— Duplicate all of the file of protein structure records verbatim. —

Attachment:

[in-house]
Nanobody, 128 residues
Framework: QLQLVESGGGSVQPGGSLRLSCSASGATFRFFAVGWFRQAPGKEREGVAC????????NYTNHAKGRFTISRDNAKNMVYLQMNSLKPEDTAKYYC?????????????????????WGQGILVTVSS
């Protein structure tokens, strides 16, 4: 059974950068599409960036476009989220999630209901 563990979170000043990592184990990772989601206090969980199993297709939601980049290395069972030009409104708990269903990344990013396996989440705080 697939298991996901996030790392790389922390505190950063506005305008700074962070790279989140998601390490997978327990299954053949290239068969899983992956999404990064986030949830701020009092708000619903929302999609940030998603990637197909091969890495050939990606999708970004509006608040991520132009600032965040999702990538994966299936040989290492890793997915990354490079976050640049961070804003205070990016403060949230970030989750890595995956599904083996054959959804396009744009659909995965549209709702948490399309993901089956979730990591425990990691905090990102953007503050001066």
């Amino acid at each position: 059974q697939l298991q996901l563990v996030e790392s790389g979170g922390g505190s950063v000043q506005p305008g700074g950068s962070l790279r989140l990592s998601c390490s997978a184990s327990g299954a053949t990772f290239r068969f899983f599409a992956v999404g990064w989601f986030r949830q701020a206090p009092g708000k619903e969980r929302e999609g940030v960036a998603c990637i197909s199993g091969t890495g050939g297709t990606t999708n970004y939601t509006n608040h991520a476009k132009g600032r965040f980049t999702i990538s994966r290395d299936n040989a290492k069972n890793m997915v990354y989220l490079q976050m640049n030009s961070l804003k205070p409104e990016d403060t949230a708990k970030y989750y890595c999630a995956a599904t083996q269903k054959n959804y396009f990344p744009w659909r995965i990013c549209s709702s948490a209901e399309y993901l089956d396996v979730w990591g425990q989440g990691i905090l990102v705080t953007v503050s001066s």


[in-house]
Nanobody, 128 residues
Framework: QLQLVESGGGSVQPGGSLRLSCSASGATFRFFAVGWFRQAPGKEREGVAC????????NYTNHAKGRFTISRDNAKNMVYLQMNSLKPEDTAKYYC?????????????????????WGQGILVTVSS
């Protein structure tokens, strides 16, 4: 059974950068599409960036476009989220999630209901 563990979170000043990592184990990772989601206090969980199993297709939601980049290395069972030009409104708990269903990344990013396996989440705080 697939298991996901996030790392790389922390505190950063506005305008700074962070790279989140998601390490997978327990299954053949290239068969899983992956999404990064986030949830701020009092708000619903929302999609940030998603990637197909091969890495050939990606999708970004509006608040991520132009600032965040999702990538994966299936040989290492890793997915990354490079976050640049961070804003205070990016403060949230970030989750890595995956599904083996054959959804396009744009659909995965549209709702948490399309993901089956979730990591425990990691905090990102953007503050001066």
């Amino acid at each position: 059974q697939l298991q996901l563990v996030e790392s790389g979170g922390g505190s950063v000043q506005p305008g700074g950068s962070l790279r989140l990592s998601c390490s997978a184990s327990g299954a053949t990772f290239r068969f899983f599409a992956v999404g990064w989601f986030r949830q701020a206090p009092g708000k619903e969980r929302e999609g940030v960036a998603c990637i197909s199993g091969t890495g050939g297709t990606t999708n970004y939601t509006n608040h991520a476009k132009g600032r965040f980049t999702i990538s994966r290395d299936n040989a290492k069972n890793m997915v990354y989220l490079q976050m640049n030009s961070l804003k205070p409104e990016d403060t949230a708990k970030y989750y890595c999630a995956a599904t083996q269903k054959n959804y396009f990344p744009w659909r995965i990013c549209s709702s948490a209901e399309y993901l089956d396996v979730w990591g425990q989440g990691i905090l990102v705080t953007v503050s001066s």